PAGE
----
Is It Just Me? All I want for Christmas is ...

By Nelson Clyde isitjustme@tylerpaper.com

So, what do you want?

It's the question you hear a lot at this time of the year. What do you want for Christmas, dad? Sarah (my oldest) is usually the first one to ask. She tunes in to Christmas first of the members of our family. Her list is usually taking form near Labor Day.

Much of what I want these days cannot be purchased in a store.

There is a small stand of trees in my neighborhood that puts on a show every fall. I always think I'm going to stop and take a picture, or even ask one of our photographers to get by and identify the perfect moment of light so we can share it with our readers.

The reds and yellows of the trees are magnificent in the morning sun. It takes the death of the leaves to produce the hues each year. When the new growth emerges in the spring it is not nearly as beautiful, only reassuring a new season is on the way.

I want them to stay that way just a little longer so I can enjoy them just a bit more. One day someone will buy the lot they occupy, and they will vanish in the name of progress.

Our kids were all home for the holiday this week. We spent more time as family doing things together than we have in months. We decorated the Christmas tree while savoring the smooth sounds of Nat King Cole singing Christmas carols. Of course there was the Peanuts Christmas CD. It was a Norman Rockwell moment, however brief.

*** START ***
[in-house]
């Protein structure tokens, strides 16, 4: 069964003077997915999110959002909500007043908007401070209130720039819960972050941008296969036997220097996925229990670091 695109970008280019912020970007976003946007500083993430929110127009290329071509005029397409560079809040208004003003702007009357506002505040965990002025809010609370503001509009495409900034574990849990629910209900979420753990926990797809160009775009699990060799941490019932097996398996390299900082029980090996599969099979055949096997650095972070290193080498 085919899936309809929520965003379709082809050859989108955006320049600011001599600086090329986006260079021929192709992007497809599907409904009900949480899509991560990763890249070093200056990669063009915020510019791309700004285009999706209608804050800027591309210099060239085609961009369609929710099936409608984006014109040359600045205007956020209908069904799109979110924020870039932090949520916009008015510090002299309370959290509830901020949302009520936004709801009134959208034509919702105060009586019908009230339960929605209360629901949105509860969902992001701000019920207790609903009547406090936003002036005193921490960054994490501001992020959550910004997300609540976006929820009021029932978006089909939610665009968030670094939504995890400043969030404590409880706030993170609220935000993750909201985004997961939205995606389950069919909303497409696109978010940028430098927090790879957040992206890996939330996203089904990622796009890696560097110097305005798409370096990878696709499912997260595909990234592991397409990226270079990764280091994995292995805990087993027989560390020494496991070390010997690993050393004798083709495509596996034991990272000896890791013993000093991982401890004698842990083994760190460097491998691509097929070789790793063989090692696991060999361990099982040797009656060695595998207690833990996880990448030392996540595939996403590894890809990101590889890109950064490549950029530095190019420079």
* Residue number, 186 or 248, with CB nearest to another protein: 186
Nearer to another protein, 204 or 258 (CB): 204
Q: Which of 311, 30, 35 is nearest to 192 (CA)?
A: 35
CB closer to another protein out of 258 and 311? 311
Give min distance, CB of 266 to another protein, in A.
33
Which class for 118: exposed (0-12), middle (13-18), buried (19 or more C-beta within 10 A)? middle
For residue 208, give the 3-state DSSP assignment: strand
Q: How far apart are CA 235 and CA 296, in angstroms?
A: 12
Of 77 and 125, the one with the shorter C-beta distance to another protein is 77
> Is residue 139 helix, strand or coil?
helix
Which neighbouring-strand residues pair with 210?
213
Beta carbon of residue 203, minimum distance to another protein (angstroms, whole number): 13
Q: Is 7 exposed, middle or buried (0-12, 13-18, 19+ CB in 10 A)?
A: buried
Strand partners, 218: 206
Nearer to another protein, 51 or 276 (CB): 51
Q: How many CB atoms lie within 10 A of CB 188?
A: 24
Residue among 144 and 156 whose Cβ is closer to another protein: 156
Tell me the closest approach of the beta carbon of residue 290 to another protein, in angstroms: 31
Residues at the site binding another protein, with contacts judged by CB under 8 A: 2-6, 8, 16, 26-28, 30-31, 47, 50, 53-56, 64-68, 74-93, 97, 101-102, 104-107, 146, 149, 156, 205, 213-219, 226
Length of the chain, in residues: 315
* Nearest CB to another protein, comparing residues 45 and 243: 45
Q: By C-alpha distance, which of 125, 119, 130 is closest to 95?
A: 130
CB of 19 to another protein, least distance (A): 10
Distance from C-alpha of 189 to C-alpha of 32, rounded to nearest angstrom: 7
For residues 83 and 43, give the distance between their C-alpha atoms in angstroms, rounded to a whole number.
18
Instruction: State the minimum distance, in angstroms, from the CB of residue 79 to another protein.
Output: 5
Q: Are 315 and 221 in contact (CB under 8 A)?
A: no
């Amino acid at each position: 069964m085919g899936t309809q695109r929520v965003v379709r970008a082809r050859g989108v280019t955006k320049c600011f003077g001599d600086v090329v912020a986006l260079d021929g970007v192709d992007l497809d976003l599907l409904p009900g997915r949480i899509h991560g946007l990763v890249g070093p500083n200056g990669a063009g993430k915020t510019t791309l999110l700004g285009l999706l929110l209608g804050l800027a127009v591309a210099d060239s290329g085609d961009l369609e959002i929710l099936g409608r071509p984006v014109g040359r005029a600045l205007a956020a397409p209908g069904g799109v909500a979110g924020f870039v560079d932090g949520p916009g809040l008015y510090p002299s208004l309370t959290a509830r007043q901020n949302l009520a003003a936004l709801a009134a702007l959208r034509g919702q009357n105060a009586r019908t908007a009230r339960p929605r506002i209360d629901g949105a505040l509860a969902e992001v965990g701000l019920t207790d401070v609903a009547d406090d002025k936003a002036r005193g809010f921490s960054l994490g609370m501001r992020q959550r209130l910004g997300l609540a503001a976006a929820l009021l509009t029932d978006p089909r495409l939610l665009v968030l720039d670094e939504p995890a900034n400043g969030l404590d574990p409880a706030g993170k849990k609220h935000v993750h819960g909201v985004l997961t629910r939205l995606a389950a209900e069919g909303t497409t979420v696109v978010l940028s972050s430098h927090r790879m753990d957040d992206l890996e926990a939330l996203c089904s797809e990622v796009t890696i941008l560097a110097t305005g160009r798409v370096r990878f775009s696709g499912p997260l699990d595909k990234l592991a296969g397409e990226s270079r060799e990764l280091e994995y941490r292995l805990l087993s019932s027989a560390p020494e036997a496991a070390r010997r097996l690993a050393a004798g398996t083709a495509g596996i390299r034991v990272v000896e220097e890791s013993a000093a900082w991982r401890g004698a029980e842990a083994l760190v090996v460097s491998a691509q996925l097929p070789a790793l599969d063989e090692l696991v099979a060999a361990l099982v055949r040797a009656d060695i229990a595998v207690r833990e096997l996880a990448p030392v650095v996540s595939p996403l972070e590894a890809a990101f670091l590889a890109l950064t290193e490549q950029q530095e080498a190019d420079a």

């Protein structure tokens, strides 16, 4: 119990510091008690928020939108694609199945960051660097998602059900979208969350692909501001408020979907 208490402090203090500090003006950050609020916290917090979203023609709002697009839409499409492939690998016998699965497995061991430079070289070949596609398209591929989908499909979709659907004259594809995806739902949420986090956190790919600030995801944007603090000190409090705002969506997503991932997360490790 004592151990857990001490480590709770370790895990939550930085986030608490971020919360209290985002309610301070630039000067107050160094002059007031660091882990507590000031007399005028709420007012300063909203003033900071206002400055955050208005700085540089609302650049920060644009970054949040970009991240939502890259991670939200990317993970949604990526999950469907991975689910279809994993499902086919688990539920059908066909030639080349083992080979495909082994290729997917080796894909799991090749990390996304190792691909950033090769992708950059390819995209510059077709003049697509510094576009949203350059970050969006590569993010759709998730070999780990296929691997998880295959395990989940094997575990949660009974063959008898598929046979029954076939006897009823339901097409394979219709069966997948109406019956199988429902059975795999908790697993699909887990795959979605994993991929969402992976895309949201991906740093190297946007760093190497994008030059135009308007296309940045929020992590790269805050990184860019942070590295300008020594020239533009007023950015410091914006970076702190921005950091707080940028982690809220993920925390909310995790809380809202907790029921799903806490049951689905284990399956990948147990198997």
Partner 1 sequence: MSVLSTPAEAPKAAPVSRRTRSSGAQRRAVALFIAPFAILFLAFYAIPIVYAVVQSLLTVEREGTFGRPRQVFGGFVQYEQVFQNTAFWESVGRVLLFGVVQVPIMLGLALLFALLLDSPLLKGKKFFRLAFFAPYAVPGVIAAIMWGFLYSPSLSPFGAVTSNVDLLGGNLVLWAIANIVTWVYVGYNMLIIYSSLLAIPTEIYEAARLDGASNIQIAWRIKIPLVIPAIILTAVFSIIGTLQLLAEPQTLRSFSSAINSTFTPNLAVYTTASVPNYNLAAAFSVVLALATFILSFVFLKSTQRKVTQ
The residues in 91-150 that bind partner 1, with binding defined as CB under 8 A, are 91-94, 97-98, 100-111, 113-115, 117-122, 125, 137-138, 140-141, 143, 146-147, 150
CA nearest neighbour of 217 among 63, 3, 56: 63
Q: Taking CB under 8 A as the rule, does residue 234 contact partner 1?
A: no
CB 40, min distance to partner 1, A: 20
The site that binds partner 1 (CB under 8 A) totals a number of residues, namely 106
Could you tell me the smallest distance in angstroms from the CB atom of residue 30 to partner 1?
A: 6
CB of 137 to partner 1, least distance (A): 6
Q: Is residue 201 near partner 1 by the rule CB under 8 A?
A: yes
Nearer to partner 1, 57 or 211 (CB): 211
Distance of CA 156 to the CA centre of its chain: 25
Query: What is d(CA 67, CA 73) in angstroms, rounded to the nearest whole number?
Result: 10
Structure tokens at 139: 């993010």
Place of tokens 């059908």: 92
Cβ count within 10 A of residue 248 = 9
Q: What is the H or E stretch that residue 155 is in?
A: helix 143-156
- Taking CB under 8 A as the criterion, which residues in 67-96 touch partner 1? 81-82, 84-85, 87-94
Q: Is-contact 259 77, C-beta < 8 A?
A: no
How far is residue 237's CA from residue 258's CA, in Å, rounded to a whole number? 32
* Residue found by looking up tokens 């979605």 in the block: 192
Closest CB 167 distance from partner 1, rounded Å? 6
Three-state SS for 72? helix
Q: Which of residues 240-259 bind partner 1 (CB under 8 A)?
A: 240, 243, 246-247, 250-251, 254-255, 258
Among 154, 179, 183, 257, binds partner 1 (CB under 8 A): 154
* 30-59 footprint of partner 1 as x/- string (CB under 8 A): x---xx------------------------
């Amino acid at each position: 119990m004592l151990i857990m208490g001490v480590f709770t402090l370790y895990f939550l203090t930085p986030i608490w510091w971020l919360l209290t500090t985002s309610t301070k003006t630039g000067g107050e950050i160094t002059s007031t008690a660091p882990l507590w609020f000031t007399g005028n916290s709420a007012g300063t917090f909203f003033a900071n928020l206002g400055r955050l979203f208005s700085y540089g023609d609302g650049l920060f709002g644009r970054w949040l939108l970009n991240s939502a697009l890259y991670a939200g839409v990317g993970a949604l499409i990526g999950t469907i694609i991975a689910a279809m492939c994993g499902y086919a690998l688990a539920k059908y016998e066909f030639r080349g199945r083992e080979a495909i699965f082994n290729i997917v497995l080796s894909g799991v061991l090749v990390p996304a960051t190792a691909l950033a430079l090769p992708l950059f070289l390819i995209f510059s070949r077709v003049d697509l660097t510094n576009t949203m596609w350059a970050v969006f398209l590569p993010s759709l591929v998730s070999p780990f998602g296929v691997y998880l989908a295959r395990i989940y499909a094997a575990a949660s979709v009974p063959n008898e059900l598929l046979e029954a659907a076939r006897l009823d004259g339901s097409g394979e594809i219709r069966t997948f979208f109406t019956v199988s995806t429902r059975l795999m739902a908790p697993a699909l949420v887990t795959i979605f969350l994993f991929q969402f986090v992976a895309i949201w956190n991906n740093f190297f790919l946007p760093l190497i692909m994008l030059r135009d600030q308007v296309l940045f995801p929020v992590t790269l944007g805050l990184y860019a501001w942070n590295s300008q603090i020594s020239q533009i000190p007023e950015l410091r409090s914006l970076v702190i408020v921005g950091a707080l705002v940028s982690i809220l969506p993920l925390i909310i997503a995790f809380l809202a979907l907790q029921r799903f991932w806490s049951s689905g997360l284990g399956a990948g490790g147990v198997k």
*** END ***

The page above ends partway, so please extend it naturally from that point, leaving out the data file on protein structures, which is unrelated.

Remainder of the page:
I want more of that.

After Thanksgiving dinner it was my turn to hold my great-niece. She slept peacefully cradled in my arms with her head back and her mouth slightly open. It was a portrait of peace and contentment. Sleeps like a baby?

I want more of that.

It seems there is endless droning about what the government is going to do about the health care boondoggle. In the meantime it seems people continue to receive care for their health needs and babies are arriving every day. The endless blame game fills the airways and commentators spar over its future.

I want less of that.

Thanksgiving was late this year spurring talking heads to wonder whether it will affect retail sales or if the job market will have a greater impact. Perhaps they are all wrong and it's quantitative easing that is the culprit. Retailers face this scenario in different flavors every season without respect to who is right or wrong in advance of the selling season. Here is an idea. Add the sales at the end of the season and see who wins and who is closest. Useless energy expended on equally useless information.

I want less of that.

My wife and I celebrated our 27th anniversary this week — a milestone that arrived rather quickly, and a timely reminder to celebrate the good stuff and ignore the rest.

I want more of that.

Maybe this will help give Sarah an idea of what I want.

 

 

 

 

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